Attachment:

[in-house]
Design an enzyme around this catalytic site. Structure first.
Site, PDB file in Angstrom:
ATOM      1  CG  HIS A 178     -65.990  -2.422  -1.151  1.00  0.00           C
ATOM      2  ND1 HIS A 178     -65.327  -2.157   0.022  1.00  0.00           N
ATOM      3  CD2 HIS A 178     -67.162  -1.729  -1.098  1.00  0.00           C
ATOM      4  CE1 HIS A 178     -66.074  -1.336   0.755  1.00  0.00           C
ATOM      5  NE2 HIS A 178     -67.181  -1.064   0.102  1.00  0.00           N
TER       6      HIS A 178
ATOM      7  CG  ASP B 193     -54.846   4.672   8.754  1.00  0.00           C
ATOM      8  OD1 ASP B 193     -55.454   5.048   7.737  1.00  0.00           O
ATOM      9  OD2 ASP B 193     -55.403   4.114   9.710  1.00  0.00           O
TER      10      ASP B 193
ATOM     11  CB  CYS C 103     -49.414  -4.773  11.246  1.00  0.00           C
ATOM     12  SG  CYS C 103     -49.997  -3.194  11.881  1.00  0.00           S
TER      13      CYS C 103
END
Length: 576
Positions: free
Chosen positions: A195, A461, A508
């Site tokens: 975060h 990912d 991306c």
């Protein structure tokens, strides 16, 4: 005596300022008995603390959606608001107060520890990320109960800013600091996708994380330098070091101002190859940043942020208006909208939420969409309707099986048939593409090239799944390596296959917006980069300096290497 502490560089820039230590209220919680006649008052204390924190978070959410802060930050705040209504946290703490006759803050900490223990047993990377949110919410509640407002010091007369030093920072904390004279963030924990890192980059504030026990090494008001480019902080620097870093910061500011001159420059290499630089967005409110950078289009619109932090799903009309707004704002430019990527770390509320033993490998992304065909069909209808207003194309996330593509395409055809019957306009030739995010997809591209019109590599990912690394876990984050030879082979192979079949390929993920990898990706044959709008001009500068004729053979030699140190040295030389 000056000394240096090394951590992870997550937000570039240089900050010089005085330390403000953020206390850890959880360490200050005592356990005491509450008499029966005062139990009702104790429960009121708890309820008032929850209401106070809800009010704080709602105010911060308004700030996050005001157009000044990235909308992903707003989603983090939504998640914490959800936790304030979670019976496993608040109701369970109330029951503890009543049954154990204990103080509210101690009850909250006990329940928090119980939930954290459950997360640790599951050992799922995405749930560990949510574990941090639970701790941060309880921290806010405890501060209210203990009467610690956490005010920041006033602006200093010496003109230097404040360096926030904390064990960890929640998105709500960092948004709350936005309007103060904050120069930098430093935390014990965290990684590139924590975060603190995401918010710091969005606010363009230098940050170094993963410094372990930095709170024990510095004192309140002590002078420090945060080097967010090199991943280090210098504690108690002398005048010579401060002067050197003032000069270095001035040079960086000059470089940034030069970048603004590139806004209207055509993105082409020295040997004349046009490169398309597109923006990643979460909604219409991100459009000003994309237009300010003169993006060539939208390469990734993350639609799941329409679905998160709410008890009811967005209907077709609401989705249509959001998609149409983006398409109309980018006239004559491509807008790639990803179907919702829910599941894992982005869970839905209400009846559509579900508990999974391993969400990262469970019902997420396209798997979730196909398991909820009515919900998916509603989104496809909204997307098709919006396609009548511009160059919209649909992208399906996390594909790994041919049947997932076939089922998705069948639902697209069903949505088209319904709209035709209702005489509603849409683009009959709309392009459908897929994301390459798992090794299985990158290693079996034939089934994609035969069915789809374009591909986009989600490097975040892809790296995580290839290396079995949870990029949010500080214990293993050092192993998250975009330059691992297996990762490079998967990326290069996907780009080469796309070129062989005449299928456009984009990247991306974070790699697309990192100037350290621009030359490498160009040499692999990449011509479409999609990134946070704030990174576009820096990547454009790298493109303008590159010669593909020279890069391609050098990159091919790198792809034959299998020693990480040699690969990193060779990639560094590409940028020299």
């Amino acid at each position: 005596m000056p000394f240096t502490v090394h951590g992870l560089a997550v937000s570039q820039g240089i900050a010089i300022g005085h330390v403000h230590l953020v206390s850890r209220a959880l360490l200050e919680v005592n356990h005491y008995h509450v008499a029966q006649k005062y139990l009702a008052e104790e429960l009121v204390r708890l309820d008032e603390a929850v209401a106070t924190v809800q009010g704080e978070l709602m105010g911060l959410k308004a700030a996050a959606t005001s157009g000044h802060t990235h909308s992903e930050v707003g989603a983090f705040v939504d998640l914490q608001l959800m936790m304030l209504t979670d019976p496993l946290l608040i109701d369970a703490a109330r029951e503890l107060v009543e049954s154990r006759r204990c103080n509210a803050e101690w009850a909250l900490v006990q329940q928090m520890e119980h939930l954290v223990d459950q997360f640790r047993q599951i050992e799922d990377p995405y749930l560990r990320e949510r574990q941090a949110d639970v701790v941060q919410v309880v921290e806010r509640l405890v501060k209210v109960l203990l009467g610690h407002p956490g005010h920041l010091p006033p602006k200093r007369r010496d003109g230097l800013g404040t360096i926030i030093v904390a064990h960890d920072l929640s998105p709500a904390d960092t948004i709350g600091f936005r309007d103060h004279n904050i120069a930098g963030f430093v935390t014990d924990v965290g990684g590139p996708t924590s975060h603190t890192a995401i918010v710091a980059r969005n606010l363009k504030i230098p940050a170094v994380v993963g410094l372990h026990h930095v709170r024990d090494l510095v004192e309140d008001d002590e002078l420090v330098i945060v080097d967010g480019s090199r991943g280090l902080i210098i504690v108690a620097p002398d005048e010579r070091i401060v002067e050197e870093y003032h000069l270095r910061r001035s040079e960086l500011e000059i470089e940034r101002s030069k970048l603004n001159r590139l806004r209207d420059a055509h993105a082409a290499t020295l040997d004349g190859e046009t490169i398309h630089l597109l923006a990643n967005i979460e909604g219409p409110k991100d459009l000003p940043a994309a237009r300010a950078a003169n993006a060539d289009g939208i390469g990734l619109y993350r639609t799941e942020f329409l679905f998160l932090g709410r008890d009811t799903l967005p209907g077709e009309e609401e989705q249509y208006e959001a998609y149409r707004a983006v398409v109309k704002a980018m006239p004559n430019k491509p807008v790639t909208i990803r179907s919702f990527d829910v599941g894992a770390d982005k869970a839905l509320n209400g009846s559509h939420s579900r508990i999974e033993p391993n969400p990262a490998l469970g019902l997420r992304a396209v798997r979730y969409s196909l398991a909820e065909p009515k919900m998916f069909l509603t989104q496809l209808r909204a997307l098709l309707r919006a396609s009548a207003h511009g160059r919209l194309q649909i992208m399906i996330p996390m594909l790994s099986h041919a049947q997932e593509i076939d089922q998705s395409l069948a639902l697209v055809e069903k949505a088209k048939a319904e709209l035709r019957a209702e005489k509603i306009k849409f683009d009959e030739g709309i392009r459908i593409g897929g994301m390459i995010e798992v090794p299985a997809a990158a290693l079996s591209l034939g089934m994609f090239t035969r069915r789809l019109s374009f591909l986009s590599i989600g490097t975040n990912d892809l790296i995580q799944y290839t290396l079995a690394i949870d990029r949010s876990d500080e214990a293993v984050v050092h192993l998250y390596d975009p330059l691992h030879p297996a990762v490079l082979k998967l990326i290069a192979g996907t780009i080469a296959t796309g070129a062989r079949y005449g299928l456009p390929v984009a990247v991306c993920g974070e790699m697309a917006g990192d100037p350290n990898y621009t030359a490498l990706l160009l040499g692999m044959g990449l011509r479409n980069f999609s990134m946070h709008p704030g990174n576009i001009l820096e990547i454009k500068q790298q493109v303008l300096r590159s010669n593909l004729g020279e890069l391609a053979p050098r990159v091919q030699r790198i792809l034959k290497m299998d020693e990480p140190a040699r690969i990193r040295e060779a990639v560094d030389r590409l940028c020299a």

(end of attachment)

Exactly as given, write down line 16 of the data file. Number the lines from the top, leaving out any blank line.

TER      13      CYS C 103